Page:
3. Nearly 90 percent of oil exports stem from the Persian Gulf and ocean-going ships carrying oil have to pass through the Strait of Hormuz.
4. More than 40 percent of world oil demand is supplied from the Persian Gulf.
5. The weapons purchased by the littoral states in the Persian Gulf from the United States and other European countries reach their destination by passing through the Strait of Hormuz
6. The United States Energy Information Institute predicts that by 2020 the volume of oil exports passing through the Strait of Hormuz will increase to 35 million barrels per day.
Iran believes that its likely enemies have to know that they do not possess all the chess pieces; if Tehran is due to be deprived of its oil exports or faces paralyzing sanctions the Strait of Hormuz will be made less available to the tankers and ships carrying commercial goods or weapons from and to its enemies.
The legal foundation on which Iran may proceed is the Geneva Convention on the Territorial Sea and the Contiguous Zone (1958). Although Iran is also one of signatories of Law of Sea Convention (1982), it has not ratified it yet, so it is not binding for Tehran; but the 1958 Convention is.
Article 14 of the Geneva Convention (1958) stipulates: “Subject to the provisions of these articles, ships of all States, whether coastal or not, shall enjoy the right of innocent passage through the territorial sea.”
The Section 4 of the same Article states: “Passage is innocent so long as it is not prejudicial to the peace, good order or security of the coastal State. Such passage shall take place in conformity with these articles and with other rules of international law.”
It is also stipulated in the Section 1 of Article 16: “The coastal State may take the necessary steps in its territorial sea to prevent passage which is not innocent.”
The Section 3 of Article 16 reads: “Subject to the provisions of paragraph 4, the coastal State may, without discrimination amongst foreign ships, suspend temporarily in specified areas of its territorial sea the innocent passage of foreign ships if such suspension is essential for the protection of its security. Such suspension shall take effect only after having been duly published.”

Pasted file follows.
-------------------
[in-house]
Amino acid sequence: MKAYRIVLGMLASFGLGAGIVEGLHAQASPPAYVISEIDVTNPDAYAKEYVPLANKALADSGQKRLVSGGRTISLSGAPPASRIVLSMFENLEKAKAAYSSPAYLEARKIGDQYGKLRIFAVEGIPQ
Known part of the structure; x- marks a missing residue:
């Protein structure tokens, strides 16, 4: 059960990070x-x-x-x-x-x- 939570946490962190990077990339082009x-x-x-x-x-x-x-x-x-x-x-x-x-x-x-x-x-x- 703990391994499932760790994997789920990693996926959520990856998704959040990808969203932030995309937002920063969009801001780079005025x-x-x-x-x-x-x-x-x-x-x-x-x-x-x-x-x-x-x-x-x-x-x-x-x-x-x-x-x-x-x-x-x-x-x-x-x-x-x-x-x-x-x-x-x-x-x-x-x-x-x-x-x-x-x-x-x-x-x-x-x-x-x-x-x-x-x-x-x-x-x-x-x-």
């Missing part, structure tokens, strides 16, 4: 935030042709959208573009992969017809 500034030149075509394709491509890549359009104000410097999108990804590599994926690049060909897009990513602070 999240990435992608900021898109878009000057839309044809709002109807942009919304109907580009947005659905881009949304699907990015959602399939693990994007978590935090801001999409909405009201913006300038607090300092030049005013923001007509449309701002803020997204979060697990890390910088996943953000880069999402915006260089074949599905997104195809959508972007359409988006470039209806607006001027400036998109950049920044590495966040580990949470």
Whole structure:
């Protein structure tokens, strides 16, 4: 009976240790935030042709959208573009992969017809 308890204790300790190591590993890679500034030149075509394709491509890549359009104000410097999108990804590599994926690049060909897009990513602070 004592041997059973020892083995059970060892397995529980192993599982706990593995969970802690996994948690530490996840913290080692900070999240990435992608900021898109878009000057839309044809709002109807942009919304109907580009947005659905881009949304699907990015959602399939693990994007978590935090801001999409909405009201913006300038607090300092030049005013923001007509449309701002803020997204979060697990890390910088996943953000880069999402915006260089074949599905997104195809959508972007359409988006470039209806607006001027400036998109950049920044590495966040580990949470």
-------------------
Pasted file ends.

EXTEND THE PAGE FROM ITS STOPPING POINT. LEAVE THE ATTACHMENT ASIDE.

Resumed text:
Those principles have been repeated in the articles 17 to 23 of the 1982 Convention on Law of Sea, with minor modifications. But the latter made a fundamental change on the ruling governing international straits which Tehran has not yet accepted.
As those articles (of the Geneva Convention) indicate: ships which are crossing the Strait of Hormuz would only be allowed, if the “security, order, comfort and rights of littoral state (here Iran)” is considered and the innocent passage of the ships should be verified. Section 4 of Article 14, and Section 1 of Article 16 of the Geneva Convention (1958), emphasize that verifying the status of innocent passage of ships through the waterway (here the Strait of Hormuz) is up to the coastal state (Iran).
For those reasons, Iranian politicians concerned about the possibility that Iran’s oil exports may be disrupted by the United States, the European countries and their Asian allies such as Japan, question whether the passing ships carrying oil for those countries can be accounted as “innocent”.
Tehran believes that the answer is definitely no. Iran indicates that it has a legal right to block the enemy’s vessels, thereby preventing the assumption of power to threaten Iran. The passage of vessels belonging to the likely enemies through Iranian territorial waters, especially military vessels and those carrying armaments, is considered prejudicial to a coastal state’s (Iran) security and that blocking them is an Iranian inalienable right.
It may be reasoned that such blocking would only be temporary, but even if temporary it would be disastrous for the world economy and peace, which unfortunately the hawks are careless about. The trend of events support Seumas Milne’s assertion that two ideologically opposed sides are engaging in brinkmanship, with the potential of proceeding to crippling sanctions or war.